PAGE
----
Twitter Users Fixate On Clinton’s Appearance During DNC Speech

Discussion of her hair, clothes, and smile dominated in typical sexist fashion

Illustration: Tara Jacoby
Jul 29, 2016 at 3:16 PM ET

Twitter trolls have yet again proven a sad, sexist truism: no matter how accomplished a woman is, her appearance will face as much scrutiny, if not more, than her capacity. To say it’s been a big week for Hillary Clinton would be a massive understatement, as she made history by becoming the first woman to be nominated for President, and accepted the honor amidst thousands of cheering fans on Thursday night at the Democratic National Convention.

“When any barrier falls in America, for anyone, it clears the way for everyone,” she said. “When there are no ceilings, the sky’s the limit.”

But as she did so, thousands sitting at home took the opportunity to tweet about what they felt really mattered in this momentous occasion: her hair, makeup, and clothing.

A Vocativ analysis of tweets mentioning her name or including her Twitter handle found that Clinton was called out for her hair, outfit, makeup, and smile (or lack thereof) approximately 13,500 times between the hours of 9:00 p.m. to 1:00 a.m. on Thursday. While it’s a fairly small percentage of the total 1.8 million total tweets aimed at the candidate in these hours, the focus on appearance was predictably far more prominent in the discussion surrounding her than it was for Trump when he delivered his address a week prior.

That’s right—while Trump’s hair has been the subject of media scrutiny for years and years, becoming the subject of memes throughout this election cycle, more people were focused on Clinton’s ‘do last night than they were on his as he accepted the Republican party’s nomination.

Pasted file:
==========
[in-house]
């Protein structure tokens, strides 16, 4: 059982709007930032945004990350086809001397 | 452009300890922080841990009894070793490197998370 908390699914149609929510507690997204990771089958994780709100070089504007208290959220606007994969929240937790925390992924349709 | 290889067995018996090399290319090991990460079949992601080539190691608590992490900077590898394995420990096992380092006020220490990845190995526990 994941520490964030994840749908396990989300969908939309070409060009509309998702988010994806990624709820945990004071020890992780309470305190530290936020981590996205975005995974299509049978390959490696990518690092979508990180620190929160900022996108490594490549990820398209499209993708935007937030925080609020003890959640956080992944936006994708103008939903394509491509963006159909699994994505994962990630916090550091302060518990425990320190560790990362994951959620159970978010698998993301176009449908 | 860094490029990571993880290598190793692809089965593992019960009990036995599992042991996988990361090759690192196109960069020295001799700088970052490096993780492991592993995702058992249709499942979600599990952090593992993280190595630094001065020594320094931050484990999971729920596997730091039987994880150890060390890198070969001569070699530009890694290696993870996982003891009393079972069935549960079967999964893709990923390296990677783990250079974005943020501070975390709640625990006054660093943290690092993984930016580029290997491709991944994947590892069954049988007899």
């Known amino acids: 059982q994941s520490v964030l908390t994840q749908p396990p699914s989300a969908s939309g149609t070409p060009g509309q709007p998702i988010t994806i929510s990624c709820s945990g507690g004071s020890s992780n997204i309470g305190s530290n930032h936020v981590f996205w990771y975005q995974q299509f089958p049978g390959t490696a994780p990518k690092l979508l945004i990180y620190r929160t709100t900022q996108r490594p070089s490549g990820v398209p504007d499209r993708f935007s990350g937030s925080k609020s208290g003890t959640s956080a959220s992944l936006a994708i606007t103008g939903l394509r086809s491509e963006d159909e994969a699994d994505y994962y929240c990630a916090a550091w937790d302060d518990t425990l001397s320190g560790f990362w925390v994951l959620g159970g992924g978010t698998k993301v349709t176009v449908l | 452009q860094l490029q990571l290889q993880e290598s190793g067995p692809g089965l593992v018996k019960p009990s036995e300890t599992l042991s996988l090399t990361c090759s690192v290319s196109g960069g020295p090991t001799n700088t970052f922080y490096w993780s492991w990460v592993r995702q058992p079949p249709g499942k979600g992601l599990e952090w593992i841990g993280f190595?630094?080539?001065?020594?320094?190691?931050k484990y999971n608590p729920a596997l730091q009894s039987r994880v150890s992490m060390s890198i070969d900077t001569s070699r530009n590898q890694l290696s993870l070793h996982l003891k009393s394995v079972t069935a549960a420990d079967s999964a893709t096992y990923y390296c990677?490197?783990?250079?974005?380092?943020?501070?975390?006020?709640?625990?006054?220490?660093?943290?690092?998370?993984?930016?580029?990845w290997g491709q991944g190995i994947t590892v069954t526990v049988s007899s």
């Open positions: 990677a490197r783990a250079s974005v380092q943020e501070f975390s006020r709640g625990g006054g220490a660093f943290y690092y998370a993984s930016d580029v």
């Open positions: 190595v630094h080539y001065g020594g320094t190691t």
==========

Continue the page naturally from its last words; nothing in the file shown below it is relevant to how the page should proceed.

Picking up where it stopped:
As usual, Clinton’s outfit (a simple off-white white pantsuit) became a major topic of conversation, garnering both praise and criticism, and comments about her stylist.

Just how Hillary is meant to smile wasn’t really expounded upon, but the fact she did not plaster a maniacal smile across her face while giving her hour-long speech was some cause for concern. Trump’s trademark sneer earned significantly less criticism last week: we could only surface 343 tweets referencing his “smile”.

Hillary’s oratory patterns were, as always, a notable source of vitriol. It’s the same tired rhetoric that Margaret Thatcher and other high-profile women in positions of power have long faced when speaking assertively, subverting the gendered expectations of how females should radiate amiability and nonaggression. While it’s difficult to say how many of the tweets aimed at Clinton including the word voice were about her literal voice versus the figurative sense of the word, a total of 1,501 tweets specifically addressed tone, something she has been much-criticized for in the past. Trump also joined in on the action, referring to Clinton speaking “in her very average scream!

By the end of the night, every aspect of Clinton’s appearance and presentation had been picked apart, amounting to some next-level mansplaining. This type of online sexism is nothing new for a candidate used to shattering glass ceilings. From the time she posted her first photograph to Instagram Clinton was called a bitch, and criticized for her appearance. It’s the gendered term Vocativ found has been most commonly flung at her, especially following campaign milestones.

And it’s not just the MRA-identifying internet trolls who displayed sexist (or at the very least gender-invoking) behavior. Following Clinton’s nomination on Wednesday, major newspapers across the country were criticized for choosing to run her husband’s photograph with news of her historic feat.